Like it or not, these people are the people who consume your goods. But they want more than just an artificial business relationship between product and consumer. They want their purchases to reflect who they are as a person. The most sophisticated brand marketers in the world understand this and it is their job to keep Millennials buying their products over yours. How? They offer them an experience and the promise of a better image. The only problem is, they can't actually make good on those promises. But you can. So do it. Find the youngest employees you have (and if none of them are under 35 years old, you have you have real problems) and ask them what the best strategies for marketing are and follow that advice. Companies like Jack Links, State Farm Insurance, GEICO, McDonalds, Coca-Cola, Pepsi, Esurance, Apple and many others are already growing their businesses with unbelievable gains by implementing these strategies. Why aren't you?
Organizations and businesses have a comfort zone problem. This problem became extremely apparent to me as a newspaperman. As a former reporter and editor, I became incredibly disheartened by the efforts of those in charge to preserve the old ways and complain constantly about change. Let's just take a look at how some of the large industries have fell into this trap and what we have learned from it:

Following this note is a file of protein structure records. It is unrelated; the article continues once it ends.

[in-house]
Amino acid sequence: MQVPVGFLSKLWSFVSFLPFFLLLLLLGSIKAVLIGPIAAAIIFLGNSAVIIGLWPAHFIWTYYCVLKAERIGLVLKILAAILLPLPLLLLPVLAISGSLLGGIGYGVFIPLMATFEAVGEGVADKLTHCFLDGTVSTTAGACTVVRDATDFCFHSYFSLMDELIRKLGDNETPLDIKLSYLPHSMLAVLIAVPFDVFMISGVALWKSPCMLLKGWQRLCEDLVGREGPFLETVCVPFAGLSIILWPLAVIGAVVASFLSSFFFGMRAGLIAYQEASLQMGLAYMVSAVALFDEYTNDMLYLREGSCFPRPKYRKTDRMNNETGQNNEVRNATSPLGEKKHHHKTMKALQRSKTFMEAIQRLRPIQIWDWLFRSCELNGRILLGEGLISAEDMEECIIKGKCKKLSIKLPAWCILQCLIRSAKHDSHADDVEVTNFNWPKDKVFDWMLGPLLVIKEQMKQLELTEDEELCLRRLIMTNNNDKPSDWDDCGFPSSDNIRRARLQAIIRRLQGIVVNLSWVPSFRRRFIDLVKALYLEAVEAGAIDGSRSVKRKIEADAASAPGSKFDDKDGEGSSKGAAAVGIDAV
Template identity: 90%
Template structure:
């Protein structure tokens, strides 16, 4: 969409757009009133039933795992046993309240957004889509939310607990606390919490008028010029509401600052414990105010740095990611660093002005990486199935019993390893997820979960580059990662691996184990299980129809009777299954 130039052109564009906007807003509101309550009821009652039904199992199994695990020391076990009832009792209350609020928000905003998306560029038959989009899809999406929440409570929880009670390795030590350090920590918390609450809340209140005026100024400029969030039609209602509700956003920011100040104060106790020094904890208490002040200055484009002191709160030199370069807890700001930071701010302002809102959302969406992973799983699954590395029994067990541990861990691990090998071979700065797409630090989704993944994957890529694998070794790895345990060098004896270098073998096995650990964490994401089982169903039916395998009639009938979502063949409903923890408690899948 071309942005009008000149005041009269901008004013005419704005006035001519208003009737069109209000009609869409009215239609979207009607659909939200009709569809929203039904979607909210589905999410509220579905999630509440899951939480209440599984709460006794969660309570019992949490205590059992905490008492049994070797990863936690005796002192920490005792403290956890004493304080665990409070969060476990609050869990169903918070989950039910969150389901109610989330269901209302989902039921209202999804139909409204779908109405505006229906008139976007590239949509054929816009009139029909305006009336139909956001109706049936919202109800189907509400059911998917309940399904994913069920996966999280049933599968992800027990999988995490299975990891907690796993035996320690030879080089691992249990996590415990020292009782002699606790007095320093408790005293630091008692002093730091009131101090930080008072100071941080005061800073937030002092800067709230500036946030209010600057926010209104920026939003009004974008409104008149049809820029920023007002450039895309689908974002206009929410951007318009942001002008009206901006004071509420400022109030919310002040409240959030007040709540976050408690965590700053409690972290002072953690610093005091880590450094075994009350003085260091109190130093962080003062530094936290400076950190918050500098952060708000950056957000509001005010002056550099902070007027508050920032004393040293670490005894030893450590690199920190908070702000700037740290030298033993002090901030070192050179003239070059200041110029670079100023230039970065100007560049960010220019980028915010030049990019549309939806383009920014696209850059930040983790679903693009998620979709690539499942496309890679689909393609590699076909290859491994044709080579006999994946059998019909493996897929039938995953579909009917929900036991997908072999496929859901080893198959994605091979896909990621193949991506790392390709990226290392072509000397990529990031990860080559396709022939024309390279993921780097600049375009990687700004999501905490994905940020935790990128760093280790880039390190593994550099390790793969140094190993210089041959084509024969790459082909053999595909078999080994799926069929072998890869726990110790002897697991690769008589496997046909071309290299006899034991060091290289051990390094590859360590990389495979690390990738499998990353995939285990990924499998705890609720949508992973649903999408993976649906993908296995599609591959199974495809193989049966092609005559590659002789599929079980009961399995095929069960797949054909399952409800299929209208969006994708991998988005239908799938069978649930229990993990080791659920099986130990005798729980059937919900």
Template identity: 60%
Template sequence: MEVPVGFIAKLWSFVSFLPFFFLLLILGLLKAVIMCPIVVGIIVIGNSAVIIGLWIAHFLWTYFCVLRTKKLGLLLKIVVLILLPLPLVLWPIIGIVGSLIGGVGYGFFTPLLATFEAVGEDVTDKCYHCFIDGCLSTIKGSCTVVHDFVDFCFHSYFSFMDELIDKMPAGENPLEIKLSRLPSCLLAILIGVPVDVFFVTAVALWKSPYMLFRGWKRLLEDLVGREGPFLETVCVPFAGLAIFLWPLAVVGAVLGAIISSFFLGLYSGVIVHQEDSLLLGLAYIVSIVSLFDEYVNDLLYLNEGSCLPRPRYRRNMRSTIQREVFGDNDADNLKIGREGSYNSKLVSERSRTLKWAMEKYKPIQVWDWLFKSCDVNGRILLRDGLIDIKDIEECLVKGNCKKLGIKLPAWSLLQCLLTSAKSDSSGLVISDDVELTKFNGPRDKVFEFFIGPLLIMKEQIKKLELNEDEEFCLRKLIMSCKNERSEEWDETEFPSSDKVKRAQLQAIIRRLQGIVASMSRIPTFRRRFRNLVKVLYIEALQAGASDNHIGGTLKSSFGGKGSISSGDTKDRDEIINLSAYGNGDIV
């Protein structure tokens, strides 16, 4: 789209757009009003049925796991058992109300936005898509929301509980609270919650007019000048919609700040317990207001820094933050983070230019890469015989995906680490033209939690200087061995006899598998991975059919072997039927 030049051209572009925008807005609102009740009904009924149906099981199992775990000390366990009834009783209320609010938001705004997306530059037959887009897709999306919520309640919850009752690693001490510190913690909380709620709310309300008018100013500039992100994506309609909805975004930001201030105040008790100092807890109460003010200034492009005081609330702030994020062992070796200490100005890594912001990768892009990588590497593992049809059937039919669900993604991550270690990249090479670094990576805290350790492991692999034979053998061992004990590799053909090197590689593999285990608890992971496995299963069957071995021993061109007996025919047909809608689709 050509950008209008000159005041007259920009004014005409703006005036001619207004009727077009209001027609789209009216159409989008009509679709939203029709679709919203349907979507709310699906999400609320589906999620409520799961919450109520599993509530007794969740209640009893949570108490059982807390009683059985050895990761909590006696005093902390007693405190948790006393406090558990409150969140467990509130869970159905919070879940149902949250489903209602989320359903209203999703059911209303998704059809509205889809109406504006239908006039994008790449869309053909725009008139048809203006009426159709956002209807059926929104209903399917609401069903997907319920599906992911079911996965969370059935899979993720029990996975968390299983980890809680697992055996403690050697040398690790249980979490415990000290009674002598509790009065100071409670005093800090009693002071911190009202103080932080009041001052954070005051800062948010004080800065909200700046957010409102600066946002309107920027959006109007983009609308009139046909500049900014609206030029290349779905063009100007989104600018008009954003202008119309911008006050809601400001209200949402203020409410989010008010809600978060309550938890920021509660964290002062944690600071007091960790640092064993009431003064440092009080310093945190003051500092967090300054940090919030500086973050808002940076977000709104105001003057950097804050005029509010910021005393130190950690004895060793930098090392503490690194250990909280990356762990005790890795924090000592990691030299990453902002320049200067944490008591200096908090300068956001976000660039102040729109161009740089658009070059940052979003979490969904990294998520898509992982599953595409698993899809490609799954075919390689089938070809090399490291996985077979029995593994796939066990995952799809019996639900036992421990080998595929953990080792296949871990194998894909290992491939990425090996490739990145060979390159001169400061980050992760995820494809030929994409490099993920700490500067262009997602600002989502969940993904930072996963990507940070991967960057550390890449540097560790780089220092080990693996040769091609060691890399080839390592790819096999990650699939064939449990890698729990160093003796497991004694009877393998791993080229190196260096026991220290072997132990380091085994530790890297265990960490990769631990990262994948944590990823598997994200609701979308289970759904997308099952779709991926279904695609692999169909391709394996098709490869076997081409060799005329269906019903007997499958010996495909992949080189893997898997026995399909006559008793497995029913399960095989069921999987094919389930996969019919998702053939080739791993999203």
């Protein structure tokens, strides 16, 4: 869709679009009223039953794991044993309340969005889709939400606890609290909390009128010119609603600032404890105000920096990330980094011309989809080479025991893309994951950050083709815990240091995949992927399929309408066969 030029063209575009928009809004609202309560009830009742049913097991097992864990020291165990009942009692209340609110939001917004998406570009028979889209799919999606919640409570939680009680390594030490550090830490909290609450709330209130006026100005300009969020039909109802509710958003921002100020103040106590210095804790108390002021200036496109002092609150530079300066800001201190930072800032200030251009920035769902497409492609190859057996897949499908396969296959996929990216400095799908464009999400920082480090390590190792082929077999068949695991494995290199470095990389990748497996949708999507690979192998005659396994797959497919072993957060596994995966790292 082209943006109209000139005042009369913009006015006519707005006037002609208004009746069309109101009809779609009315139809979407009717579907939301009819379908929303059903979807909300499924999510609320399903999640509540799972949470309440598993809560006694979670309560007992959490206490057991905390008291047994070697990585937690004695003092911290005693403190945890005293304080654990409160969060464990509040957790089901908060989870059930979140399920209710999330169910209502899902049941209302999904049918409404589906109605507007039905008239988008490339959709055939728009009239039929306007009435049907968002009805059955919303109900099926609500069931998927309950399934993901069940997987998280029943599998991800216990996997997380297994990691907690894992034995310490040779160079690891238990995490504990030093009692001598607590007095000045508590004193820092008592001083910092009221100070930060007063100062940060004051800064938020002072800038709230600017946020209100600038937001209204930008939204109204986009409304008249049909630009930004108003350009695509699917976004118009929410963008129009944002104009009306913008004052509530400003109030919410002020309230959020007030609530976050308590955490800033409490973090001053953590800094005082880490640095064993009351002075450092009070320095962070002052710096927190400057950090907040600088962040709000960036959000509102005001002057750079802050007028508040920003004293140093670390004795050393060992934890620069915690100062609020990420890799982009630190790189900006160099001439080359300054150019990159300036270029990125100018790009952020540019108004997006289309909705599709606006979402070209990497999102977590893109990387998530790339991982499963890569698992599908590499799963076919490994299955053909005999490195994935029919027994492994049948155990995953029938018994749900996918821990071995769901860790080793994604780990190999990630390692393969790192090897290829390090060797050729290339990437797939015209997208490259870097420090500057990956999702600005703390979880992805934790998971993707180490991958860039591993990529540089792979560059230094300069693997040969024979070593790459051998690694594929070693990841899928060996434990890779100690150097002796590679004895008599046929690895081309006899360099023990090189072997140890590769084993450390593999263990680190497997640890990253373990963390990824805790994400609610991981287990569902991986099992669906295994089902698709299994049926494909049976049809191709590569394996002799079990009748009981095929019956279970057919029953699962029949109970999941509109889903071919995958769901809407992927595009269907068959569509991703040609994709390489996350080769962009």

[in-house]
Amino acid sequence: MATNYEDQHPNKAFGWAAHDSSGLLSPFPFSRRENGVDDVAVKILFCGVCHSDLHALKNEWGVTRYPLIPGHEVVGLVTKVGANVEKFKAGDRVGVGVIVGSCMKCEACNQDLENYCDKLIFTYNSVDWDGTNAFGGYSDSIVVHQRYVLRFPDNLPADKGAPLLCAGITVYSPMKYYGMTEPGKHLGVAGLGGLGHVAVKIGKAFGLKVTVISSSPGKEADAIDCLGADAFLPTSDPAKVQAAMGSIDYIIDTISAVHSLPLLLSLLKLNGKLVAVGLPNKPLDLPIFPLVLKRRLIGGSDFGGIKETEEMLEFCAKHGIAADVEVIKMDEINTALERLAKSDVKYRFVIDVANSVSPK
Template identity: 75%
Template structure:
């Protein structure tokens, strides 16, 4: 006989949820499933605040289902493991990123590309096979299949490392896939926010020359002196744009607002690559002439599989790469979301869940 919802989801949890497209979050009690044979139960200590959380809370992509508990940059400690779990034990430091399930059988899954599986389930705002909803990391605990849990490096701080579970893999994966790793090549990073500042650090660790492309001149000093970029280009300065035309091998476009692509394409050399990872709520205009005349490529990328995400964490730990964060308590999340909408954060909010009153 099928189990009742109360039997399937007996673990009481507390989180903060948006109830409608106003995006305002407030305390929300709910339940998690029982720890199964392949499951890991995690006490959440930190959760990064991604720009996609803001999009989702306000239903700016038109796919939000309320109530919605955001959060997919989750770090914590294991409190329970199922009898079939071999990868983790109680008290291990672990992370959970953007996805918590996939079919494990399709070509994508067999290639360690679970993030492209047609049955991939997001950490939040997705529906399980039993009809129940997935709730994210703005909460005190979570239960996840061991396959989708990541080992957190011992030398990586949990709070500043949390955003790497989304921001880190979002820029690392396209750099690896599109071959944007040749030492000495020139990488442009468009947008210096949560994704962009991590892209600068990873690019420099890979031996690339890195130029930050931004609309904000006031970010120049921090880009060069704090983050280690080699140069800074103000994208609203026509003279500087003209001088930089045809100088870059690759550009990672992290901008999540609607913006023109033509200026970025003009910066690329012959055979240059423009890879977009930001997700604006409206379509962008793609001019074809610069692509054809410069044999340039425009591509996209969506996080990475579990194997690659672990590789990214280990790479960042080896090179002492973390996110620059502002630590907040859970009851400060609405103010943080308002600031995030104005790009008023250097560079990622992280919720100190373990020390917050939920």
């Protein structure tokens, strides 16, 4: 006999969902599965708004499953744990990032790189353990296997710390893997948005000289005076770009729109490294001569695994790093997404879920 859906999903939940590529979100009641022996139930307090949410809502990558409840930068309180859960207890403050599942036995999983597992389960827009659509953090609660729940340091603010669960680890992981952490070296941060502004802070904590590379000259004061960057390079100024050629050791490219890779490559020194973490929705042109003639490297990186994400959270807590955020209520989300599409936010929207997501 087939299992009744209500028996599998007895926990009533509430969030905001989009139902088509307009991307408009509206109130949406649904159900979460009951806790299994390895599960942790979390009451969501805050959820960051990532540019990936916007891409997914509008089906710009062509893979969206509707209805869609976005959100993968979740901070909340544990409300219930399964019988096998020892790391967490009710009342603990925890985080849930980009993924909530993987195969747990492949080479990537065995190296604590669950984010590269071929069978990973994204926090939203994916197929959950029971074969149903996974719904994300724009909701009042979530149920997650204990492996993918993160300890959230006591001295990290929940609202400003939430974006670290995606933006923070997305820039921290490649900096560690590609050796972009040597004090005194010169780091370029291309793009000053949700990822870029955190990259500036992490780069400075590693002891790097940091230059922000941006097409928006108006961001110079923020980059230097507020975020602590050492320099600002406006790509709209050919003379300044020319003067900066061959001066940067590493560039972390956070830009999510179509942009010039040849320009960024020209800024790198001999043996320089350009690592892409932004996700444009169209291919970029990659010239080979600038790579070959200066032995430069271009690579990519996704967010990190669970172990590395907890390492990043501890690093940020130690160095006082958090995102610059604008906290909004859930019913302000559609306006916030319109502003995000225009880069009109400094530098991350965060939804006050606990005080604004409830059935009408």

1. Major American automobile manufacturing industry ignored consumer demands for more fuel-efficient vehicles, which led to an opening in the marketplace for cheaper, more reliable Japanese imports
2. Newspapers continue to print and package a product that is literally antiquated and has been done the same way since the 1800s. Furthermore, they ignore media trends that continuously suggest that there is no longer a consumer price model for basic content (newsstand price). Successful independent publishers continue to thrive publishing free content that is advertiser supported because they reach more people with rich content that is actually relevant to their lifestyles (Consider that Google is now the largest advertiser service worldwide with their targeted ads). The Internet has enabled publishing to become more streamlined, independent and user friendly, and to cultivate communities more easily.